Well, it’s the first post of the new year, and once again I’m not as far along as I’d hoped to be; there are still a few loose ends from 1978 to tie up before we move on to the next “chapter.” But those loose ends are at least more substantial than the ones we covered last month, so hopefully they’ll be worth the wait. Today’s post, for example, is about “Nadira”: a song that feels in many ways like a more fully-realized version of last month’s “Donna”–right down to its namesake, an actual person this time rather than a fictional construct.
Prince’s cousin and former Grand Central drummer Charles Smith described the real-life Nadira as “a girlfriend, a real important one. Right after the first album came out, he started having her around” (Nilsen 1999 43-44). Along with high school sweetheart (and future Purple Rain extra) Kim Upsher, she’s one of the earliest known figures in Prince’s notorious revolving door of female companions and muses. But that’s just about all we know about her–and the song she inspired doesn’t offer many more clues.
Prince’s lyrics are typical of his early songwriting, quivering with nerves and lust in the face of a vaguely-defined object of desire: “When I first looked into your eyes / That’s when I knew that I wanted you” (see also: “Ever since I met you, baby, I’ve been wanting to lay you down,” from “In Love”; “I took one look at you / And all the things that we could do / Dance within my head,” from “I’m Yours”). And, like many of his 1978 demos, the song doesn’t exactly overstay its welcome. Clocking in at under two minutes, it’s just a single, short verse and an equally brief chorus: “Oh, Nadira / Now that you know I love you, baby, what are you gonna do?”
None of which to say is that “Nadira” is a bad song–it isn’t. The delicate melody and breathy performance remind me a bit of “With You” from 1979’s Prince, but I actually prefer the brevity and intimacy of the outtake. As always, it’s a rare pleasure to hear Prince’s still-developing voice with nothing but an acoustic guitar to accompany it: the wordless, falsetto vocalizations with which he both begins and ends the track are goosebump-worthy. Indeed, nonspecific lyrics aside, there’s something almost voyeuristic about listening to this track. It sounds private, more like a ditty he improvised to serenade a lover than something he was seriously considering for his next album. But then, Prince always had a knack for simulating intimacy; and as personal as “Nadira” sounds, it’s also not much more revealing than his songs about imaginary women.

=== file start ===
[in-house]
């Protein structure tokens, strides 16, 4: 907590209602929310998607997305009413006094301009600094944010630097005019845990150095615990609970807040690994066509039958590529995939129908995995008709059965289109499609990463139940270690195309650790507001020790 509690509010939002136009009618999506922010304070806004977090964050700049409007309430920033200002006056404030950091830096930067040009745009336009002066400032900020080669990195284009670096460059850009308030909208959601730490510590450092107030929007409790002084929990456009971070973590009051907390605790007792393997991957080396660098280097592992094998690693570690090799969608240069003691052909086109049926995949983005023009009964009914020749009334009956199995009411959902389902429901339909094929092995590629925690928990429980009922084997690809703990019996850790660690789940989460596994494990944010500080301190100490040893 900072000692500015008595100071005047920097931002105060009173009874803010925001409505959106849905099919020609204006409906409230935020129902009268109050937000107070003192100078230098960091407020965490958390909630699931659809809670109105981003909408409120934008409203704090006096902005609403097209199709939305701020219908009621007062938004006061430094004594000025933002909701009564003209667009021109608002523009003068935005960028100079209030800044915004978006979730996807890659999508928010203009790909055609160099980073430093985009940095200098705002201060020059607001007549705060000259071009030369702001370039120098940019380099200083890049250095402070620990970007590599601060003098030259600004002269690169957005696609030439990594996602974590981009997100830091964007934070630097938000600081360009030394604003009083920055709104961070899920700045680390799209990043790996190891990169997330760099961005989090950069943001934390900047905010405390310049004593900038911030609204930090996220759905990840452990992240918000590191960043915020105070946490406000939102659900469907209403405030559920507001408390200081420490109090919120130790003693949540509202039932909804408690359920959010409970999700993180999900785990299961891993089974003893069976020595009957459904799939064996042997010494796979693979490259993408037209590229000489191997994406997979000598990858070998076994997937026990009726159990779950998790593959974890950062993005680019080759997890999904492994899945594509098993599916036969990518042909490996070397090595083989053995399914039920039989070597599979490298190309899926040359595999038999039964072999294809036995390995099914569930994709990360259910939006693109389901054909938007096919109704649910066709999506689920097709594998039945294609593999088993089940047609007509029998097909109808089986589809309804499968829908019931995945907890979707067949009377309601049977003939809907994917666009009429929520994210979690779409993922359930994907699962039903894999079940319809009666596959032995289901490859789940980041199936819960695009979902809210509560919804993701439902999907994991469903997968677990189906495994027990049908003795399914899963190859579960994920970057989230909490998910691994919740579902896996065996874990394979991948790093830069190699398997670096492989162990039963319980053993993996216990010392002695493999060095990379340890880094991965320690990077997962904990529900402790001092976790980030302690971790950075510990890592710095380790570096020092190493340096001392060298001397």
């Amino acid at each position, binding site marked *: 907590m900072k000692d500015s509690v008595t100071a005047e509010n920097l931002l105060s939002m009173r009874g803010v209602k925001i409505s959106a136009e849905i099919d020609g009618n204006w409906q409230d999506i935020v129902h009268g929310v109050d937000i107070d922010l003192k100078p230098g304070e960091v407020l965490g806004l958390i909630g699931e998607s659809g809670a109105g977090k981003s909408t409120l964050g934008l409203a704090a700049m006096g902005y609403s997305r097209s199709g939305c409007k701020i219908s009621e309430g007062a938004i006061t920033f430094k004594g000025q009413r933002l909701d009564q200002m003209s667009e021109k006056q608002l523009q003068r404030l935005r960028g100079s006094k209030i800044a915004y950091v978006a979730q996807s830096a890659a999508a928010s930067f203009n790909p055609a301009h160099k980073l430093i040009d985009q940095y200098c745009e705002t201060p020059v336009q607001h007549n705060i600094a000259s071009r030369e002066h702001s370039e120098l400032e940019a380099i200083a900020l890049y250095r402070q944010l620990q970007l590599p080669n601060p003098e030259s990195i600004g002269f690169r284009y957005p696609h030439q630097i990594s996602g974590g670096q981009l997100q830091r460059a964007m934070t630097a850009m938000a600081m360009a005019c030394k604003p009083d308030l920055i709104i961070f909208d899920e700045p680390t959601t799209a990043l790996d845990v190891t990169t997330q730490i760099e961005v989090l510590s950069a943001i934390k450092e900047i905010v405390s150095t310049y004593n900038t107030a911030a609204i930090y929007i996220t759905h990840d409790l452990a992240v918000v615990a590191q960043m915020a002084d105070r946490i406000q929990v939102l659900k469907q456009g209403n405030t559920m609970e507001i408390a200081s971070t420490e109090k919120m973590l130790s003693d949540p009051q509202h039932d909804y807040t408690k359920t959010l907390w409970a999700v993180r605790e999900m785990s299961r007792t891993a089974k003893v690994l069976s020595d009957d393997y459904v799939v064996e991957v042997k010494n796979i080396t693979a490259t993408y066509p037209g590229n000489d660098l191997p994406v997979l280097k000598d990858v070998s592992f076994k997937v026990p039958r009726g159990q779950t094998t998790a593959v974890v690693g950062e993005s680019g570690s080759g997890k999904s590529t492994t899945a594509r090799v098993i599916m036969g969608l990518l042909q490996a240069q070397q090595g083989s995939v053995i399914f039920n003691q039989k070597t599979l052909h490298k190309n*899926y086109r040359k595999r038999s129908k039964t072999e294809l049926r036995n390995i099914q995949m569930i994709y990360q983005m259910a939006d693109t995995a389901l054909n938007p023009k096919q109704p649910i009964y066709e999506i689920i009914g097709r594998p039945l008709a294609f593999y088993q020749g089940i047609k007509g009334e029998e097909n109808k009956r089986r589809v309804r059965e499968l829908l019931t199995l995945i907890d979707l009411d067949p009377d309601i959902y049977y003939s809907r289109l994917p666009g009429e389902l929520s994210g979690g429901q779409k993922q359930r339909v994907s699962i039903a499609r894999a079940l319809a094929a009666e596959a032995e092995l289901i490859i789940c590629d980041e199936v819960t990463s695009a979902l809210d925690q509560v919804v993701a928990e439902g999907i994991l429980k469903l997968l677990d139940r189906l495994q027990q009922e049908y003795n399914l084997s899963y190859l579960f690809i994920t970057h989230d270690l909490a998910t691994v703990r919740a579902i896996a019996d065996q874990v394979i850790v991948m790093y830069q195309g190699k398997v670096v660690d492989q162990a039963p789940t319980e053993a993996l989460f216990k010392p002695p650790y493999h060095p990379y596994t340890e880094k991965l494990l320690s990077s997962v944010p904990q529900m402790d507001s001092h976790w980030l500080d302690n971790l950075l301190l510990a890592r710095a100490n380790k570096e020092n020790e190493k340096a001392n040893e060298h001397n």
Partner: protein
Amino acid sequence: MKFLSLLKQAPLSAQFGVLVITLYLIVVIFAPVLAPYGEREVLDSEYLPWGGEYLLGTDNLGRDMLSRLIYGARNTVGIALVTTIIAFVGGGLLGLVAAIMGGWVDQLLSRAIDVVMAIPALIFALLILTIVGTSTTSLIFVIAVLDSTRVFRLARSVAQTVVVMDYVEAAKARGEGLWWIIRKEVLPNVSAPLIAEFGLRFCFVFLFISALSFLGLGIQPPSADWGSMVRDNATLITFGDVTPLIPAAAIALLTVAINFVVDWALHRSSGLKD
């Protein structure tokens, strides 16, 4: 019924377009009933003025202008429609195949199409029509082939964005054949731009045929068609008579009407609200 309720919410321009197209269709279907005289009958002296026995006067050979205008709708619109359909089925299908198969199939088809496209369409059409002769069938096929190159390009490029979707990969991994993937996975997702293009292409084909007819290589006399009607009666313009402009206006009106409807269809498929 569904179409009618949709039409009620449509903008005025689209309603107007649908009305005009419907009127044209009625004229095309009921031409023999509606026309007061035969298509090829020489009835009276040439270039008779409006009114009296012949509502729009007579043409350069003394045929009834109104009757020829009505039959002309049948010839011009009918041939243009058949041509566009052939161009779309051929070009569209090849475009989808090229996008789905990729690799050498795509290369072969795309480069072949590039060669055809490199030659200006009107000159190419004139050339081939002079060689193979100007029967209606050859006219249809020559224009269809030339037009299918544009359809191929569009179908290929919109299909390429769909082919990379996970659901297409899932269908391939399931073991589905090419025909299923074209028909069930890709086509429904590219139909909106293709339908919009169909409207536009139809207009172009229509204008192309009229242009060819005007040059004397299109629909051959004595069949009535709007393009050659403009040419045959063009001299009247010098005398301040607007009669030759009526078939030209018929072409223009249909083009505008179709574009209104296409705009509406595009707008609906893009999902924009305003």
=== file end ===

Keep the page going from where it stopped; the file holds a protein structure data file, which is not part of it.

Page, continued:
But we can’t talk about the real Nadira without mentioning another odd footnote in the Prince canon, circulated on bootlegs as the “K-FUNK Interview.” Most likely recorded as practice for a real radio interview, it’s just a few minutes of Prince and Nadira goofing around (and, from the sounds of it, making out on-mic) in his France Avenue home studio. Prince begins the “interview” by mocking Nadira’s speaking voice, claims he got the idea for “Soft and Wet” from touching his mother’s “cold corpse,” then adopts a series of accents and questions Nadira instead. Toward the end, he strums an acoustic guitar while Nadira gives a tongue-in-cheek patriotic speech. You might justifiably ask how this was meant to prepare him for an actual interview, but let’s recall that around the same time, according to Warner Bros. head of publicity Bob Merlis, he interrupted a woman journalist to inquire if her pubic hair went up to her navel; so maybe this really was Prince’s idea of P.R. training.
Next time, we (finally!) get to close the door on 1978, with what just might be Prince’s most accomplished demo from the era. Then, it’s on to 1979. Here’s to what will hopefully be a fun and productive year of dance / music / sex / romance!
(This story, it seems, has a conclusion that we weren’t aware of. An old notebook formerly belonging to Prince is currently up for auction, containing doodles, lyrics and song titles, notes on the terms of his Warner Bros. contract–and a breakup note from Nadira. I’ve included the note below for posterity, and also corrected the spelling of her name from the erroneous “Nadeara.” Earlier, I made a few small revisions after listening to the K-FUNK interview again–thanks to commenter betalogue for providing.)